Friday - - Mind Games -

Let’s play the num­ber game Math­e­mat­ics and word puz­zles have never been dis­tinct from each other. A prime il­lus­tra­tion of this would be the ex­ten­sive out­put of Martin Gard­ner, who wrote on math­e­mat­i­cal puz­zles for decades but was equally fas­ci­nated by words and word puz­zles. Gard­ner wrote the Math­e­mat­i­cal Games col­umn in the Sci­en­tific Amer­i­can from 1956 to 1981, which was then taken over by Dou­glas Hof­s­tadter who gave it the clever ana­gram­matic spin Me­ta­m­ag­i­cal The­mas.

In one se­ries of now-an­thol­o­gised ar­ti­cles orig­i­nally ap­pear­ing in that col­umn, Hof­s­tadter dis­cusses many va­ri­eties of self-ref­er­en­tial sen­tences. These range from the el­e­men­tary (“This sen­tence no verb”) to the more head-scratch­ing (“This sen­tence con­tains ex­actly threee erors”). Oth­ers are just plain fun: “This sen­tence is a !!!! pre­ma­ture punc­tu­a­tor”, and “You have, of course, just be­gun read­ing the sen­tence that you have just fin­ished read­ing”. A longer sub­mis­sion to the

Sci­en­tific Amer­i­can had Hof­s­tadter him­self (as edi­tor) in a snit in try­ing to ver­ify it: “Only the fool would take trou­ble to ver­ify that this sen­tence was com­posed of ten a’s, three b’s, four c’s, four d’s, forty-six e’s, six­teen f’s, four g’s, thir­teen h’s, fif­teen i’s, two k’s, nine l’s, four m’s, twenty-five n’s, twenty-four o’s, five p’s, six­teen r’s, forty-one s’s, thirty-seven t’s, ten u’s, eight v’s, eight w’s, four x’s, eleven y’s, twenty-seven com­mas, twenty-three apos­tro­phes, seven hy­phens, and, last but not least, a sin­gle!”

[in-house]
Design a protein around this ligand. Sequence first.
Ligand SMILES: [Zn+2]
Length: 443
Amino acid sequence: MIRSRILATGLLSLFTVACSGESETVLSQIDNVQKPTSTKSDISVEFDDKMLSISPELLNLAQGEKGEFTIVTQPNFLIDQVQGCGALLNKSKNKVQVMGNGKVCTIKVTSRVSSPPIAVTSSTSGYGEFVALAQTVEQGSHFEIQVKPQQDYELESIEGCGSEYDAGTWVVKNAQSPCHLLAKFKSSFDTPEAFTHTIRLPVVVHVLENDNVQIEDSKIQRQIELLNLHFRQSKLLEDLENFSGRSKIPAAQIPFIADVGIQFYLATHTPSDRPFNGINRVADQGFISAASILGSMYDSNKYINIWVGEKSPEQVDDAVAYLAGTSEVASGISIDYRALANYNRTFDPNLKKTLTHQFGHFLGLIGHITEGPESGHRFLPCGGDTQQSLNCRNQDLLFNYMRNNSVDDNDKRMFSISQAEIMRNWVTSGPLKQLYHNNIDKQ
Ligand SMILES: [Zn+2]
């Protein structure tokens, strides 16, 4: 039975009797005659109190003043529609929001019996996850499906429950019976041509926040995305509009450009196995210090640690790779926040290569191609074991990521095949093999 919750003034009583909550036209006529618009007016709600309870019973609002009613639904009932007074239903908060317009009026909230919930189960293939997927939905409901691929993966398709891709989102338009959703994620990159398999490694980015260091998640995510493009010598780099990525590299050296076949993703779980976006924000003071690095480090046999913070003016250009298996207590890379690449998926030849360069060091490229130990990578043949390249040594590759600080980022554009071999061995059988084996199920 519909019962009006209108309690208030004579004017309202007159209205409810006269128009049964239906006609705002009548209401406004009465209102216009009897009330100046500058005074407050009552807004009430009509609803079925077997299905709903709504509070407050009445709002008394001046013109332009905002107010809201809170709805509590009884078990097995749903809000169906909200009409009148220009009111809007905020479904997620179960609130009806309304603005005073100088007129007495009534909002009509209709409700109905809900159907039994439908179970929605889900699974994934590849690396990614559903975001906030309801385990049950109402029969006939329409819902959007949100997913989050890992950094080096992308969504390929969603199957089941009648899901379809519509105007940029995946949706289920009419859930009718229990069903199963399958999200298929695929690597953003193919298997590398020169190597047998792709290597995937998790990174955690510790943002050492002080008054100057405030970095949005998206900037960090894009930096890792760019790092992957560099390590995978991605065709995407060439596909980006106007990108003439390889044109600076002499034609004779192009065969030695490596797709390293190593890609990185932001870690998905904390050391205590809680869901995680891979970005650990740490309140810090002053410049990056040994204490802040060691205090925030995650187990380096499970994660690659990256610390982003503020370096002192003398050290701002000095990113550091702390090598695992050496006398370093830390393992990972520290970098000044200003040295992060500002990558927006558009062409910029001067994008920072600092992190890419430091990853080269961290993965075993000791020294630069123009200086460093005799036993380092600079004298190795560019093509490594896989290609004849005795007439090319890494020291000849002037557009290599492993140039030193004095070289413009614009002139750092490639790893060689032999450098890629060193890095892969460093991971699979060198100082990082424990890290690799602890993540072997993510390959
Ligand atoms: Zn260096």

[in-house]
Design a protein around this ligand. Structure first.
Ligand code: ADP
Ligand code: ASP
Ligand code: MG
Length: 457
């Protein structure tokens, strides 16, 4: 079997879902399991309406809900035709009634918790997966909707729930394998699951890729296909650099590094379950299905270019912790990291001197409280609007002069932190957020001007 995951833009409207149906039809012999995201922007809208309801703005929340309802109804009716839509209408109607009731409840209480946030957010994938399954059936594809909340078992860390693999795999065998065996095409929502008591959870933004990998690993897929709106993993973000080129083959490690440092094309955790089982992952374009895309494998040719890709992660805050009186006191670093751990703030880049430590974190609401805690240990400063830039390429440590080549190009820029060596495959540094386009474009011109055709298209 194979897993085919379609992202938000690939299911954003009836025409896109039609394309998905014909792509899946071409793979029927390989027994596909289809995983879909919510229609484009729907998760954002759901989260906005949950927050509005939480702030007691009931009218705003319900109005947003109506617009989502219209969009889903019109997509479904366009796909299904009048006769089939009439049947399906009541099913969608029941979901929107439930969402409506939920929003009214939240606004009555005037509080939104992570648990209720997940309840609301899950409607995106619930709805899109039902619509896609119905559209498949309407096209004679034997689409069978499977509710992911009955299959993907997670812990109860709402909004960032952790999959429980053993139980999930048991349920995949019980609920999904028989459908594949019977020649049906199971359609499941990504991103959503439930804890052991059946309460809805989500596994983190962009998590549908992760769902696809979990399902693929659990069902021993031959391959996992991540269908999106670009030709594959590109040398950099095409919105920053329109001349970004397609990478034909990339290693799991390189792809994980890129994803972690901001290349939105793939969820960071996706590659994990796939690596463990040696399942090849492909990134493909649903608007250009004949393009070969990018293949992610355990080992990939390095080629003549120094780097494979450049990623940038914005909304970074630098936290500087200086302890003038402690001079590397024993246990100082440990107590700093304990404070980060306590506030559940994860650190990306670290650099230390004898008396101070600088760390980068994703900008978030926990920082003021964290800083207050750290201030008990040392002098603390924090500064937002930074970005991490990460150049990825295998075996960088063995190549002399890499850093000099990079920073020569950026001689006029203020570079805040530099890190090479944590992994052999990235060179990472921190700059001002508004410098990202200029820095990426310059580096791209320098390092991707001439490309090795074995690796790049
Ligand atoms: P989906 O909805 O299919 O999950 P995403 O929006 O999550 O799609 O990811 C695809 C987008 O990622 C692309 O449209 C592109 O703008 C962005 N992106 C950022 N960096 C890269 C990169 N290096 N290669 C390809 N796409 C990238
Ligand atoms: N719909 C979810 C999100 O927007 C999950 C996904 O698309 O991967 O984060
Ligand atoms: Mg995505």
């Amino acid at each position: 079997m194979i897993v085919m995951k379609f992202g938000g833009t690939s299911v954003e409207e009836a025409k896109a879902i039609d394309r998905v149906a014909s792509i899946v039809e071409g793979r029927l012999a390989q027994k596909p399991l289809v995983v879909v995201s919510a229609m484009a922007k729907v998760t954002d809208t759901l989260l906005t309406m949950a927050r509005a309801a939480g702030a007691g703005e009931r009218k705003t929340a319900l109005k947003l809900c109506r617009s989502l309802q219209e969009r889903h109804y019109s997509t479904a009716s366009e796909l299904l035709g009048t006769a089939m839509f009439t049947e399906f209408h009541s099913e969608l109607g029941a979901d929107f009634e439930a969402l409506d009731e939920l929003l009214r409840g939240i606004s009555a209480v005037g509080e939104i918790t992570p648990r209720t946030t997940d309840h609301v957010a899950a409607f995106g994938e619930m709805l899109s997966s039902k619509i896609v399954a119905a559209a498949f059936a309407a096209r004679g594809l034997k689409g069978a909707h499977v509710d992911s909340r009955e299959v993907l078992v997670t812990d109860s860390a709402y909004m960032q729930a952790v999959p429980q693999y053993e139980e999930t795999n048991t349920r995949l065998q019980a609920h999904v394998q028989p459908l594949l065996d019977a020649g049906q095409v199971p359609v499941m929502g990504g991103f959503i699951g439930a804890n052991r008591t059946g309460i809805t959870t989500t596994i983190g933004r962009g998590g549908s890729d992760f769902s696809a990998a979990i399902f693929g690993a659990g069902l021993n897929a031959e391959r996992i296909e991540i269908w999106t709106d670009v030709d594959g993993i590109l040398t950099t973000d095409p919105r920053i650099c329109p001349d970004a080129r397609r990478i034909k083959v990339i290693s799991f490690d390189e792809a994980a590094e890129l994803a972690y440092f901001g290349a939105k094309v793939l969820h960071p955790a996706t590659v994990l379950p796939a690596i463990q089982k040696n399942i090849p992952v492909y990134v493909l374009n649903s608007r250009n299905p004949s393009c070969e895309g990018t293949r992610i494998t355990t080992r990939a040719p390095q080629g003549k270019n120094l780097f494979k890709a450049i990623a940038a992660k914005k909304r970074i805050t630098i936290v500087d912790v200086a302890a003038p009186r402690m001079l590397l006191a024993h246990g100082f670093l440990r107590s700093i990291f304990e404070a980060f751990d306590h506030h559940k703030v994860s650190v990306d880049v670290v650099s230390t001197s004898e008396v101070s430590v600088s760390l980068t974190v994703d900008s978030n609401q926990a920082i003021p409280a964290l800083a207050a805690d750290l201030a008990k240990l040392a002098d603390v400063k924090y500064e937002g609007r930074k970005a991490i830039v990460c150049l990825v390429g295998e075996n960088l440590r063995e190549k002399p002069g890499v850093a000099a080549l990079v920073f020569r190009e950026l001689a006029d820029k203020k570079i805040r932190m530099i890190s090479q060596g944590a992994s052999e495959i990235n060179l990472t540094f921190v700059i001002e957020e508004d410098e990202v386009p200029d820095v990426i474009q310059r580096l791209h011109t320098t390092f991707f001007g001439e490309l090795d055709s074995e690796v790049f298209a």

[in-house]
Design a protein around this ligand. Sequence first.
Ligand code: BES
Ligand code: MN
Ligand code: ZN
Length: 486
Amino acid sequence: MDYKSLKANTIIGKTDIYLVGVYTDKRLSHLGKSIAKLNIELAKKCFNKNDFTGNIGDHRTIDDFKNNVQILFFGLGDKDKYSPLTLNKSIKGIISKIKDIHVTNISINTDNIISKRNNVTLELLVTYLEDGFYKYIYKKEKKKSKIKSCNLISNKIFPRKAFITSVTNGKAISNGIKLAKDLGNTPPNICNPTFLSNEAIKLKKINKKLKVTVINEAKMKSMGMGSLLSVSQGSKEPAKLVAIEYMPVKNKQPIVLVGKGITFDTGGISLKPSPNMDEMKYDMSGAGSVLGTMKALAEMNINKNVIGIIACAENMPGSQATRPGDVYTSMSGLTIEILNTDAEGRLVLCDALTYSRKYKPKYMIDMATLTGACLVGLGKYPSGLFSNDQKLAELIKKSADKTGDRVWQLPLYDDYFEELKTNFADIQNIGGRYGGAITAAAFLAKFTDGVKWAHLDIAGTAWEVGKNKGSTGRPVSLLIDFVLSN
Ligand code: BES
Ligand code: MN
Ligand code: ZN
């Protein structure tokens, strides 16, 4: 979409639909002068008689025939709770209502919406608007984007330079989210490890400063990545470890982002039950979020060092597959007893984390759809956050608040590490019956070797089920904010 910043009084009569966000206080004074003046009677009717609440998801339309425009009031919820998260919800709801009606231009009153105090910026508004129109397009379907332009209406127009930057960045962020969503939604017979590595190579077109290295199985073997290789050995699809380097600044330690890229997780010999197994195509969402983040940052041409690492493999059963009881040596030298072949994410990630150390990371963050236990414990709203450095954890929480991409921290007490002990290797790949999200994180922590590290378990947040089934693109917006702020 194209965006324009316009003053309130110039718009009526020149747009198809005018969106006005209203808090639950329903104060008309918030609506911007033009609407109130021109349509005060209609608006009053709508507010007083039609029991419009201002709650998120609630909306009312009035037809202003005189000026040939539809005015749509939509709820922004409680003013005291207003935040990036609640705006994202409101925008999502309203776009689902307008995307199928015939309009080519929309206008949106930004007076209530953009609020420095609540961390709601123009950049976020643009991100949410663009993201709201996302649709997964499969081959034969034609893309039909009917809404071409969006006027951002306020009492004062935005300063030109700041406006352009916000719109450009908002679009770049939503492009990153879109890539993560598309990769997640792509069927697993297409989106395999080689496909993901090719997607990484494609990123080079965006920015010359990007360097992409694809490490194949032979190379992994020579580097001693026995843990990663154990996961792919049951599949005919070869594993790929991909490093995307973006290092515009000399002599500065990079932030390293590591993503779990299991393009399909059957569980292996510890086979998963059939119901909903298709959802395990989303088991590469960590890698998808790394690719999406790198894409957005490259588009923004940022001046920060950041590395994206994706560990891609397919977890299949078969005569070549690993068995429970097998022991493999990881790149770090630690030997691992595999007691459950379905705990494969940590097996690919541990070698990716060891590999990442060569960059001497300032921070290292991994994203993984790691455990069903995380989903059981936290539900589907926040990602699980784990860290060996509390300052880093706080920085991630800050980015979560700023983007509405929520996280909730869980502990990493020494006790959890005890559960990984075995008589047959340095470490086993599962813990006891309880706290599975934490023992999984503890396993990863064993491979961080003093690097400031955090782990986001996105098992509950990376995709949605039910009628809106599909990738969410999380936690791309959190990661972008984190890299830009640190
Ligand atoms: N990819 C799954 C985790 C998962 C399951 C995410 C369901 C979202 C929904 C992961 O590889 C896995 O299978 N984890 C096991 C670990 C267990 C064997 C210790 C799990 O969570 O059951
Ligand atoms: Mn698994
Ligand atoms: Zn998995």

Dutch math­e­ma­ti­cian Hans Freuden­thal sent Hof­s­tadter a story nar­rated by 18th-century Ger­man poet Chris­tian Fürchte­gott Gellert, which com­bines self-ref­er­en­tial sen­tences and a moral les­son about hon­esty. It tells of a fa­ther and son tak­ing a walk dur­ing which the son tells a big lie. His fa­ther is­sues a dire warn­ing to him about the “Liars’ Bridge”, which they are ap­proach­ing, say­ing this bridge al­ways col­lapses when a liar walks across it (there is an ac­tual bridge so named in Sibiu, Ro­ma­nia, with such a leg­end at­tached). Af­ter hear­ing this warn­ing, the boy ad­mits his lie.

When Freuden­thal told a boy this story, the lad asked him what hap­pened when they came to the bridge. Freuden­thal replied, “It col­lapsed un­der the fa­ther, who had lied, since in fact the Bridge doesn’t do that”! We’ll leave you pon­der­ing on that Catch-22 un­til next week.

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